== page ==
Theft from Leeds, for Dr. No?



Last Thursday night, a burglar stole an antique clock valued at £65,000 from Temple Newsam House in Leeds the Yorkshire Post reports. The antique clock, which is 2 feet high dates from the early 19th century. Police are positing that the raid may have been targeted as the thief only took one item. The piece is very elaborate, and widely known, according to the article. Thus rendering its potential market quite slim.

The question then becomes, why would the item be stolen if its difficult to sell. As I see it, there are four potential answers to this question.

The first, is that a wealthy collector admires the piece, and hired a thief to take it for him. I’ll call this the Dr. No situation. This seems the least likely possibility, but the one that strikes a chord with the imagination. Writers in this subject frequently cite the Dr. No as being responsible for thefts, and I admit it makes for good Bond villains, but there has been no convincing evidence that thsi is why people are stealing rare objects. Another similar possibility which seems far more likely is that an unscrupulous dealer may have a similar piece for sale, and if he can establish some excitement around these kinds of pieces, the price for his clock may go up. This is just wild speculation, and assigns a quite sinister tak to arts and antiquities dealers, a habit far too many writers in this field are fond of doing.

Second, the thief may not have known that the object was so rare as to make its subsequent sale difficult.

Third, the thief may simply be trying to kidnap the object. They could then insure its safe return for a generous reward, probably negotiated through a solicitor. Let’s assume now that those in charge of the Temple Newsom House are interested in generating more visitors, and a buzz around the clock. Perhaps they even staged the theft, and its sudden reappearance could become quite a windfall for the house, especially if it is struggling financially. This, of course, is wild speculation, and no evidence exists that this kind of activity takes place.

Finally, perhaps the market is doing such a poor job of regulating what is and is not legitimate, that it may not be all that difficult to sell this piece after all. This strikes me as the most troubling possibility.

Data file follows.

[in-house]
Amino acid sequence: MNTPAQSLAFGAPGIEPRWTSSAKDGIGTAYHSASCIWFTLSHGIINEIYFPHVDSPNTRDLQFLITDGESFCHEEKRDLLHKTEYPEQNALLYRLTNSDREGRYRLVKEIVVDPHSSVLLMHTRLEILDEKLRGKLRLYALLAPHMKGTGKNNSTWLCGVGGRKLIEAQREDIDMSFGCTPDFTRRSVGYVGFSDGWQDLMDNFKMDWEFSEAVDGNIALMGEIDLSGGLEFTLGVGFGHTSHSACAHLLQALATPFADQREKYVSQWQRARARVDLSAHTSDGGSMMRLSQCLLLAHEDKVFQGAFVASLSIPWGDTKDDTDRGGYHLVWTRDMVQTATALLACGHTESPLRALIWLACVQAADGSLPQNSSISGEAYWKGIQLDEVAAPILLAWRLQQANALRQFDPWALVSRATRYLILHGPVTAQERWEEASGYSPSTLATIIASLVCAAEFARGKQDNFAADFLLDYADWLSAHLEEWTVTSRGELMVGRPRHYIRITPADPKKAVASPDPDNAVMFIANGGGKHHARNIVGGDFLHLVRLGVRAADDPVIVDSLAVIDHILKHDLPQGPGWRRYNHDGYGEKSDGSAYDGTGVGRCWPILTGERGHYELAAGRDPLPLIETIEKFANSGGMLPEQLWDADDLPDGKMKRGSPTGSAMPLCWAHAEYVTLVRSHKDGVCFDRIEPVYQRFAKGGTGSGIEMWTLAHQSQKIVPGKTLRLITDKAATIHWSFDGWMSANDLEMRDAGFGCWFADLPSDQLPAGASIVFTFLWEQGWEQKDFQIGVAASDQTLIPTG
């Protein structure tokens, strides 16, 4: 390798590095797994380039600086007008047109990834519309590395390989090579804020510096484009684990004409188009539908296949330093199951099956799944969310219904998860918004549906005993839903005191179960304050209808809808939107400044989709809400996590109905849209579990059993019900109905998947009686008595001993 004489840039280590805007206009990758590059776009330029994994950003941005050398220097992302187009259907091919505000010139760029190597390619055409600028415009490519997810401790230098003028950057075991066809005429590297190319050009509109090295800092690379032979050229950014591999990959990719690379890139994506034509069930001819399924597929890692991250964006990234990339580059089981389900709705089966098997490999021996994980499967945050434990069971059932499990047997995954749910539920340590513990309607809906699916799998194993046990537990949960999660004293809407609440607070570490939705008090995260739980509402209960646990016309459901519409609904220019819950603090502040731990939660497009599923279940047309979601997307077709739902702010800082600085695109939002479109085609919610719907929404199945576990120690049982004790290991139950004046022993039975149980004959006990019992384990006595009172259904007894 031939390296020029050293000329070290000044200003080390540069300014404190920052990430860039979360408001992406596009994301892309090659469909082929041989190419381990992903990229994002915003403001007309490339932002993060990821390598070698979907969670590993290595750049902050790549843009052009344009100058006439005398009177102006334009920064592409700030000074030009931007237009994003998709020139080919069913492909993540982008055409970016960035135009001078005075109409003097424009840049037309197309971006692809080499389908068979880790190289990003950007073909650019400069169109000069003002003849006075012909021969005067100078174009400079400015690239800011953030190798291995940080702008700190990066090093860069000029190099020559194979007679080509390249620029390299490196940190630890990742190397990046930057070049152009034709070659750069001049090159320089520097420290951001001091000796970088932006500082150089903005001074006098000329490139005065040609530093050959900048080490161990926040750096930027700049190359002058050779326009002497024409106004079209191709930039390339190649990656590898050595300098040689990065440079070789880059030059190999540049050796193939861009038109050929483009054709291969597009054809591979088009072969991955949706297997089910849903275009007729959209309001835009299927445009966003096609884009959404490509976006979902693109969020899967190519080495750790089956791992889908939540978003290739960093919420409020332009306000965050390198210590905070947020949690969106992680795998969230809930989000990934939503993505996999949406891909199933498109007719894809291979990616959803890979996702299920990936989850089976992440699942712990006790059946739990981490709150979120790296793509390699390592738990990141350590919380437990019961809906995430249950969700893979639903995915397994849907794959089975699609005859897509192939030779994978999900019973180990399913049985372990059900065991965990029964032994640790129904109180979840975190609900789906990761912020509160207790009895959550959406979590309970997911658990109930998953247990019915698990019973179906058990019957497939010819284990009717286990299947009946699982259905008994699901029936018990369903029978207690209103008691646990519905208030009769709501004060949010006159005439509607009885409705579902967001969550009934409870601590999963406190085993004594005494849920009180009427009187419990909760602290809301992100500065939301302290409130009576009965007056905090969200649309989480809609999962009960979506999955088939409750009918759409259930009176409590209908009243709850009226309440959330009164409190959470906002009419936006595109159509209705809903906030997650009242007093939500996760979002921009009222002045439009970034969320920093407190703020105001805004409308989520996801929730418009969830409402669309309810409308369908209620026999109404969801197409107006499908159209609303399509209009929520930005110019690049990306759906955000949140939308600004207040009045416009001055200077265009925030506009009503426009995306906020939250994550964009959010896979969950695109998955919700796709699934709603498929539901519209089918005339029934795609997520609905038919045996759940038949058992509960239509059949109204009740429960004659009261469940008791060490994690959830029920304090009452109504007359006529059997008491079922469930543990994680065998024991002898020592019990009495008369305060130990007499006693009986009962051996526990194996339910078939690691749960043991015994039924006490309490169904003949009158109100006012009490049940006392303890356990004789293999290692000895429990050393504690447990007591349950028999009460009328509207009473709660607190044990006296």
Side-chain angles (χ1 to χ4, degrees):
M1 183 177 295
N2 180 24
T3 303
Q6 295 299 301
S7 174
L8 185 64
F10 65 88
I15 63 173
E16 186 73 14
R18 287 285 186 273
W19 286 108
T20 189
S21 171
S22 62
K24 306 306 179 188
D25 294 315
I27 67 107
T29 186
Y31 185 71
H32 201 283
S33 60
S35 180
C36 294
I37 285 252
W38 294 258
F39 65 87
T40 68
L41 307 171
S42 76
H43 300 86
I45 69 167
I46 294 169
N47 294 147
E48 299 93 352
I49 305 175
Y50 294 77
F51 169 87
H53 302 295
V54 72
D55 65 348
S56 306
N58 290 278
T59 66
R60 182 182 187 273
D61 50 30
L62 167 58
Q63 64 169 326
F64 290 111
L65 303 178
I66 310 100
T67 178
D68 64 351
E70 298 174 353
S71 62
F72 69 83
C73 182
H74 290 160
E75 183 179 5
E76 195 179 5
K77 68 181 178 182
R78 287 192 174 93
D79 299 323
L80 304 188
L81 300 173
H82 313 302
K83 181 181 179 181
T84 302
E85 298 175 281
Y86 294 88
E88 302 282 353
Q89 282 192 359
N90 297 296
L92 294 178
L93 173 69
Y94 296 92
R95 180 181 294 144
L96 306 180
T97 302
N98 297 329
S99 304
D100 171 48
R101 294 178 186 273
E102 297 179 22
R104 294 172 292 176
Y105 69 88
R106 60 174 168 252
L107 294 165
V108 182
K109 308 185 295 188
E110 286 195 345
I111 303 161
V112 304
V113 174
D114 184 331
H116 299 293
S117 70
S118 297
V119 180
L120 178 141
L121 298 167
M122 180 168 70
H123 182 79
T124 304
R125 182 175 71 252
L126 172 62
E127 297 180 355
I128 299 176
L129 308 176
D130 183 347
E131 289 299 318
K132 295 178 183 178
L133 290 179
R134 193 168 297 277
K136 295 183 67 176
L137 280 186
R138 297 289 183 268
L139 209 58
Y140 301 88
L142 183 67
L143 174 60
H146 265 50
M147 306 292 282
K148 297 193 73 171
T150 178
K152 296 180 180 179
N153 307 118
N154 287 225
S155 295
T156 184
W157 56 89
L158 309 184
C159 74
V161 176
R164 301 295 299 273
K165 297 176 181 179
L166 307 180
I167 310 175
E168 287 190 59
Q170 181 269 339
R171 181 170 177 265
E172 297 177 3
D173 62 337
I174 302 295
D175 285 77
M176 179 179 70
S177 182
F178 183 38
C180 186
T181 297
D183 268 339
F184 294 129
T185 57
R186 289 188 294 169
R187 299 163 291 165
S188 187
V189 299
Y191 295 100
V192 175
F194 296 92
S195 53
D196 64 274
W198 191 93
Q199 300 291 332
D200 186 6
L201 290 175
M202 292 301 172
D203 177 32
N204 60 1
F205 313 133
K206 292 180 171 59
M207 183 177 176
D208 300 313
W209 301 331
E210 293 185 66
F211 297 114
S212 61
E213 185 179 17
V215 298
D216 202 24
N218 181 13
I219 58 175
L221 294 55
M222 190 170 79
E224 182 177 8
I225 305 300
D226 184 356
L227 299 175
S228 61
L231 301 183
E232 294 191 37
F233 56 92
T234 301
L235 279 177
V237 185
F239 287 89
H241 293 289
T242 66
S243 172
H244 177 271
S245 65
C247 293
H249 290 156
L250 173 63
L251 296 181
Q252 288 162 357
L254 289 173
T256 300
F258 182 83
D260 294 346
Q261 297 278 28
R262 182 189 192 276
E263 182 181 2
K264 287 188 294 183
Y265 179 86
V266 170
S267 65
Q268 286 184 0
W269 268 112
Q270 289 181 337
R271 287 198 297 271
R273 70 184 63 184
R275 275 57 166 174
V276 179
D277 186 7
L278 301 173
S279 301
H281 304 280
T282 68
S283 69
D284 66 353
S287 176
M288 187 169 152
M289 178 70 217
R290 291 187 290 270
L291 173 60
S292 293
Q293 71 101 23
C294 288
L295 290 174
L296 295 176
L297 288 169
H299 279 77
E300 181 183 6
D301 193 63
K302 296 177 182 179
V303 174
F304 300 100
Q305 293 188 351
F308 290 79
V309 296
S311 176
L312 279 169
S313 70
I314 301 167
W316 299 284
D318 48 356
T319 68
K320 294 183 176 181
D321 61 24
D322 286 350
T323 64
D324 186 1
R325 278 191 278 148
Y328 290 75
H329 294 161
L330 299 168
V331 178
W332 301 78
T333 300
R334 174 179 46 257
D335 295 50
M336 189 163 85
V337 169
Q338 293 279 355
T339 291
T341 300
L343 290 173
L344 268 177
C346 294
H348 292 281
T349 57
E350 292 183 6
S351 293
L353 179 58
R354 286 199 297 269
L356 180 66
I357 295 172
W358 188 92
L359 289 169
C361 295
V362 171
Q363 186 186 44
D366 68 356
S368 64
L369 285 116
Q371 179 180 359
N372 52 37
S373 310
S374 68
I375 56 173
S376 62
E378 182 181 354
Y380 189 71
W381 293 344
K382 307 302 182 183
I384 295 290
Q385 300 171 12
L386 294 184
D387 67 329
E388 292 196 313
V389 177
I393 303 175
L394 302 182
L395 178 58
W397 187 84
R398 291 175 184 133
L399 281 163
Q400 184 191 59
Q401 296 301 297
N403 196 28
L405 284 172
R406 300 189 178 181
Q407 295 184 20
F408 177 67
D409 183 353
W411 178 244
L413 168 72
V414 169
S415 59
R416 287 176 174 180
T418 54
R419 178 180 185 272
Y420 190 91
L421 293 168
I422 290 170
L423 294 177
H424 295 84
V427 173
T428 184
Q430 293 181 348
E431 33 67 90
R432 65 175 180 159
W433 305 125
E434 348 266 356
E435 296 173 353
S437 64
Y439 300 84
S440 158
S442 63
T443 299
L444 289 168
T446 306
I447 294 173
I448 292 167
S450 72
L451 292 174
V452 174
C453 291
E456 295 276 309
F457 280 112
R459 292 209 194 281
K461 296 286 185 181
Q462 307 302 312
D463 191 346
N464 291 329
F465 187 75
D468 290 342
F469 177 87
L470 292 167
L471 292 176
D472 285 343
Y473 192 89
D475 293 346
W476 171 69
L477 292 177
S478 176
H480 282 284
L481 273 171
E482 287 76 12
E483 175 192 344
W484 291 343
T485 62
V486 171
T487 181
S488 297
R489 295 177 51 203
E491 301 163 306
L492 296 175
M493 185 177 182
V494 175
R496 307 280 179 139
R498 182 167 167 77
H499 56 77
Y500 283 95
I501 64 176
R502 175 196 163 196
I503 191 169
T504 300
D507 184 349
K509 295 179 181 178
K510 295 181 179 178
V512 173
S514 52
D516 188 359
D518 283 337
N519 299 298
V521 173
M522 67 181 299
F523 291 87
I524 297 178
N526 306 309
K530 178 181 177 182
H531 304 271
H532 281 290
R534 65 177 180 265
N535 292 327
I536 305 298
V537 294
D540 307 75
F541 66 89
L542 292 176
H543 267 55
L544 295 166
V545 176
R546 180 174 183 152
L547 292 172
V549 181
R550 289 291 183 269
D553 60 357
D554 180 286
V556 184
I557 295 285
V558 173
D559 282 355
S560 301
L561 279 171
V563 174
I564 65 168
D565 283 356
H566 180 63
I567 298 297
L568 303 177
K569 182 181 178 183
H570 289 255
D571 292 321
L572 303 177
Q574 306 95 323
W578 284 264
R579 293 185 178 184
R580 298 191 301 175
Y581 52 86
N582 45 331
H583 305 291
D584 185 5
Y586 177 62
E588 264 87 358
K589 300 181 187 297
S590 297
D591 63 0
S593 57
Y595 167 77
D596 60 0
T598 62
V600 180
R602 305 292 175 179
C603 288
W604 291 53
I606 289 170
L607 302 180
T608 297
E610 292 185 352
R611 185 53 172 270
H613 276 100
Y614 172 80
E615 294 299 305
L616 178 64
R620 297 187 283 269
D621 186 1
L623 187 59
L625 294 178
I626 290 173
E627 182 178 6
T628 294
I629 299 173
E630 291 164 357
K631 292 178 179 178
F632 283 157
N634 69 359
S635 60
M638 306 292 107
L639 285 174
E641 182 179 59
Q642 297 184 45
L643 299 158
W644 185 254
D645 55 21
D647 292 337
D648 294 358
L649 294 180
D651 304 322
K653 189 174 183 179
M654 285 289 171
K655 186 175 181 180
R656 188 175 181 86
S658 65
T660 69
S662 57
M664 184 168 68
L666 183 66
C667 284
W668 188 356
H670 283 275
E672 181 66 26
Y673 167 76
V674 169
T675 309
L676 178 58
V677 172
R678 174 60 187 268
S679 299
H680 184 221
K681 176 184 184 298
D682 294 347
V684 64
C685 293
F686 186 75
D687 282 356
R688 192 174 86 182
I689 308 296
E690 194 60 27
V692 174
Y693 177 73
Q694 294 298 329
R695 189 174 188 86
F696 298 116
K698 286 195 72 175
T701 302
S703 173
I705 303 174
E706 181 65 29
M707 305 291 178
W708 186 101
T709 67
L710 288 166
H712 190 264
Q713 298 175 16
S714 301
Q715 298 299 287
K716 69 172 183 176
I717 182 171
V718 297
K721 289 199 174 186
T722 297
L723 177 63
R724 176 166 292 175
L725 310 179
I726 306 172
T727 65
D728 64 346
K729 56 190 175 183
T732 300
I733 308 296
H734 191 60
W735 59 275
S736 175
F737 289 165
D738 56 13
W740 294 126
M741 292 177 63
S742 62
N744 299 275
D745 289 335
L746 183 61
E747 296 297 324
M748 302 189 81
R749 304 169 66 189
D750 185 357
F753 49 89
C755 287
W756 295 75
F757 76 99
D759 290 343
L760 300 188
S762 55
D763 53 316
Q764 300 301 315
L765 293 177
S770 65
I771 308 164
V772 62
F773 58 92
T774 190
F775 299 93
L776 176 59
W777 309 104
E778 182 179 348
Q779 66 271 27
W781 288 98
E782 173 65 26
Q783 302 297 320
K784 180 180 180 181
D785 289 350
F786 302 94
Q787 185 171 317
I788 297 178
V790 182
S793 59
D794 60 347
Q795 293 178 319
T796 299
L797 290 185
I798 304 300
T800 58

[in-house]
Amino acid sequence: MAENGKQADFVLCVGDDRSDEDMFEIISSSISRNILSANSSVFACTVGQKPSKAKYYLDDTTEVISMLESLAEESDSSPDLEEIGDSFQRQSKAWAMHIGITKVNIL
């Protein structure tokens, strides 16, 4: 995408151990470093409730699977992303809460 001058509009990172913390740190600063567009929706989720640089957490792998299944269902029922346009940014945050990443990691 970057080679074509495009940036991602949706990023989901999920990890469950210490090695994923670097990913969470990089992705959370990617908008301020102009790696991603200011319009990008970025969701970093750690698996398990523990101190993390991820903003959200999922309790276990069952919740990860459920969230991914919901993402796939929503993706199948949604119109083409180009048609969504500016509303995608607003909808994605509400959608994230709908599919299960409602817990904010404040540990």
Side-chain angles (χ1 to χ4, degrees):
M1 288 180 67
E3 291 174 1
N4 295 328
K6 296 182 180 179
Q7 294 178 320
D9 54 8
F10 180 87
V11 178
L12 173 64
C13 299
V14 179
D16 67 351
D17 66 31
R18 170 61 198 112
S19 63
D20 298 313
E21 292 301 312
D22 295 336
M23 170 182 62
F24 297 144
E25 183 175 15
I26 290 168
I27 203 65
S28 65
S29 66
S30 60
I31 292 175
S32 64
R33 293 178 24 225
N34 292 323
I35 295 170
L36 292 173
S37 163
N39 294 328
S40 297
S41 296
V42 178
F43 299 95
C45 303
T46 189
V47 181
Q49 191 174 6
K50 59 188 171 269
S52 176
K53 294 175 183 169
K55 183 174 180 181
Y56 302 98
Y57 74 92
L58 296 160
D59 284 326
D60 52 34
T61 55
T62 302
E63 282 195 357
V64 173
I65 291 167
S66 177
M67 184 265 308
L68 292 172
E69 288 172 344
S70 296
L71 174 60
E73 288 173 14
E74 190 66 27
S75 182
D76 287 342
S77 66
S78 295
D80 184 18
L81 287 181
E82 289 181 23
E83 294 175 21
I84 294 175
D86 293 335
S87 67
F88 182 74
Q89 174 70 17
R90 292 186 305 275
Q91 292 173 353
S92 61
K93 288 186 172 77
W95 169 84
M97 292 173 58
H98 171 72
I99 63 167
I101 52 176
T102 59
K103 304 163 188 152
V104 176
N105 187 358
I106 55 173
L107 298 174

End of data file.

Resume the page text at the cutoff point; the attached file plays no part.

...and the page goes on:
Questions or Comments? Email me at derek.fincham@gmail.com

Church Thefts

In today’s New York Times, this piece details the theft of colonial art from Mexico’s rural churches. Apparently, theft from churches in Mexico’s colonial heartland near Mexico City has become widespread. According to the National Institute of Anthropology and History in Mexico, 1,000 colonial pieces have been stolen since 1999. In response, the Mexican government is attempting to register the nation’s sacred art. According to the Times piece, 600,000 items have been inventoried so far. The institute is also preparing its own Web site of stolen art, so dealers and collectors can no longer claim that there is no record of the theft.

Such a database is both a welcome change, and worrying at the same time. In theory, a database should put dealers of Mexican colonial art on notice that a certain set of objects may be tainted. However, there are a number of such websites now available. See the Art Loss Register for example. The more of these databases there are, the harder it will be for the law to realistically impose an obligation on buyers and sellers of art and antiquities. If each segment of the cultural property market has its own database, this would almost certainly lead to confusion and overlap. One unified website would be a much better system. A buyer or seller could easily check a single website t insure their piece is not stolen.

Questions or Comments? Email me at derek.fincham@gmail.com